The Federal Emergency Management Agency apparently is rethinking its acceptance of the town's flood plain map of the Bergholtz area.
Engineer Tim Walck of Wendel Duchscherer Architects & Engineers told the Town Board on Monday a FEMA representative has denied he accepted the map at a meeting earlier this month. The map, developed by Walck's firm, removed a significant number of residential properties from flood hazard areas.
Walck said numerous town officials, as well as representatives from the offices of Sen. Charles E. Schumer, D-N.Y., and Rep. Chris Lee, R-Clarence, who attended the March 3 meeting, agreed that they heard Paul Weberg of FEMA say his agency would accept the flood elevation levels.
Walck reported that Weberg has since explained, "Well, we didn't mean that." He said FEMA's latest position is to "work with the town's model, not accept it as is."
Acceptance of the map represented an important victory for the town in its appeal of FEMA's proposed new maps. Last year, FEMA unveiled maps that put hundreds of homes in flood plain areas. Those homeowners would each have to buy extra flood insurance at about $1,000 every year as a result.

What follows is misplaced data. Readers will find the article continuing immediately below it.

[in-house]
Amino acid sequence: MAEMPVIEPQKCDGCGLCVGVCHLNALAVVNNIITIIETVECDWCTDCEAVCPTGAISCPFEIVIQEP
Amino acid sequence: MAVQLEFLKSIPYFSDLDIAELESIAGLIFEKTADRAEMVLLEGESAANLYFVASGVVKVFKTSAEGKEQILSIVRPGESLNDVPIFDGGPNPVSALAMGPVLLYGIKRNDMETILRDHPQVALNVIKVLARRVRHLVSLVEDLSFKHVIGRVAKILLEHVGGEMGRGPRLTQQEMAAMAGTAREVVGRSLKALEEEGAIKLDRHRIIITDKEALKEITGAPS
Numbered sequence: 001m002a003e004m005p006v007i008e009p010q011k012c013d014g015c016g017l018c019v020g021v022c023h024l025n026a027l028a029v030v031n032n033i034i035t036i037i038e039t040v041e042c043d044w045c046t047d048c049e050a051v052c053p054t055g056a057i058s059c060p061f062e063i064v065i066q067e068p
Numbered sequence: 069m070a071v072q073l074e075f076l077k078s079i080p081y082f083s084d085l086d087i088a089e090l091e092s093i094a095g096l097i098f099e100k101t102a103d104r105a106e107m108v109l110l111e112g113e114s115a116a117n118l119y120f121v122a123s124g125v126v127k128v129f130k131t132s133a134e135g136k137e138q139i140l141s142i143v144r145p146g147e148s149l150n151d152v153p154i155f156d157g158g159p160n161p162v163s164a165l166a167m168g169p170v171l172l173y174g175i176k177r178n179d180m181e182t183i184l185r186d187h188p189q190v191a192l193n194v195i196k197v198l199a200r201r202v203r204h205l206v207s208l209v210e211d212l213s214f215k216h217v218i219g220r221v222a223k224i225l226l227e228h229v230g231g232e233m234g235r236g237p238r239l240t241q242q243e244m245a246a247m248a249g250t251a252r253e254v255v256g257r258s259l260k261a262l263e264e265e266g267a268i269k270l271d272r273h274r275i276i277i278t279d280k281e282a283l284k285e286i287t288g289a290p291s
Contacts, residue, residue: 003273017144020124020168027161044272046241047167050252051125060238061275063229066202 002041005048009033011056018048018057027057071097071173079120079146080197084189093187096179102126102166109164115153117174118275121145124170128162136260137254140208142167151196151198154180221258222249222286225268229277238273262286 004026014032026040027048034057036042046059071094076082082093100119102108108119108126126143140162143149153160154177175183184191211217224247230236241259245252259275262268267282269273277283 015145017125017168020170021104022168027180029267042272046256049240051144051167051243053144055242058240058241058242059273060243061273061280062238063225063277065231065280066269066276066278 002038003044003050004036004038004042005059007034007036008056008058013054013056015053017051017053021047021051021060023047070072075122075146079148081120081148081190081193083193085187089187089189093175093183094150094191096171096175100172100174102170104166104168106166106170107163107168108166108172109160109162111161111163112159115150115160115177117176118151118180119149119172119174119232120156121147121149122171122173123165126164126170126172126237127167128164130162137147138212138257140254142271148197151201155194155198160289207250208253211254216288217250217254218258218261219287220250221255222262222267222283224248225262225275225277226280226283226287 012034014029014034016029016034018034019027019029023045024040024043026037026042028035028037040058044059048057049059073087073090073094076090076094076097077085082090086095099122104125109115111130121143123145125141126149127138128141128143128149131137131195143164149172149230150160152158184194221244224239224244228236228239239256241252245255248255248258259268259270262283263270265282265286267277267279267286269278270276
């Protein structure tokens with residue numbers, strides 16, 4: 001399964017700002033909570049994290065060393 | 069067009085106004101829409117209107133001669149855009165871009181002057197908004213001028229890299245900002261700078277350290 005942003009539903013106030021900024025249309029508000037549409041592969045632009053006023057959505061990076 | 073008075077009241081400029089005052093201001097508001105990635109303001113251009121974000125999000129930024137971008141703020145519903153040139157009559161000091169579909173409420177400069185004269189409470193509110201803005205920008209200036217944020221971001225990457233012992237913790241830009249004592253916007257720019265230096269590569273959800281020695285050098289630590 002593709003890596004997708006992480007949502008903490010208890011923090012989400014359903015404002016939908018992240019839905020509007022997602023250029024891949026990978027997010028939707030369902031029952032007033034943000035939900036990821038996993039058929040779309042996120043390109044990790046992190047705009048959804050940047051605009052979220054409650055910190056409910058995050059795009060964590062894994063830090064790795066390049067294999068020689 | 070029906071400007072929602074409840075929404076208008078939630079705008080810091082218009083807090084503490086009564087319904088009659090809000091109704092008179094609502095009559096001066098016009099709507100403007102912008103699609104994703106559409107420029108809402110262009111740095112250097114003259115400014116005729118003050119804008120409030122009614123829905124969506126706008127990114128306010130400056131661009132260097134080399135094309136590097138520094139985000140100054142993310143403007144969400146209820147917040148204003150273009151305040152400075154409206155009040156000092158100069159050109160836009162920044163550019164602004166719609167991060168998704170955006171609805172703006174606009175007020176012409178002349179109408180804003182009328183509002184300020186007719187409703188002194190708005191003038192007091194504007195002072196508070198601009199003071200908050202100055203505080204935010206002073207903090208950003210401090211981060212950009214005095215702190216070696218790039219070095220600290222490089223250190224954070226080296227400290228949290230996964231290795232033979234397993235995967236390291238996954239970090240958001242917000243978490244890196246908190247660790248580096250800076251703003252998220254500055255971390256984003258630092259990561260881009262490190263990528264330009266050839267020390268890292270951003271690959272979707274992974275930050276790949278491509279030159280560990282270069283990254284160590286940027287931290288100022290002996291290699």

The town contended FEMA used flawed figures and enlisted the help of local federal representatives to fight the agency.
Walck said he was disappointed the win was "not a slam dunk," as he originally reported, but he said he would continue to try to keep a good relationship with Weberg. However, he noted the town is looking at future legal recourse in case the changes involve more than some "small tweaks."
He said the process should take about two months and the new maps would appear in September. He expects to set a meeting with residents in May.
In other action, the board agreed to join the effort to win a "Google Fibers for Communities" project that would bring a fiber-optic Internet system to the area. Councilman Larry Helwig, who heads Niagara County's Data Processing Department, noted that the Internet system would be "100 times faster" than what computer users now use and would be competitively priced.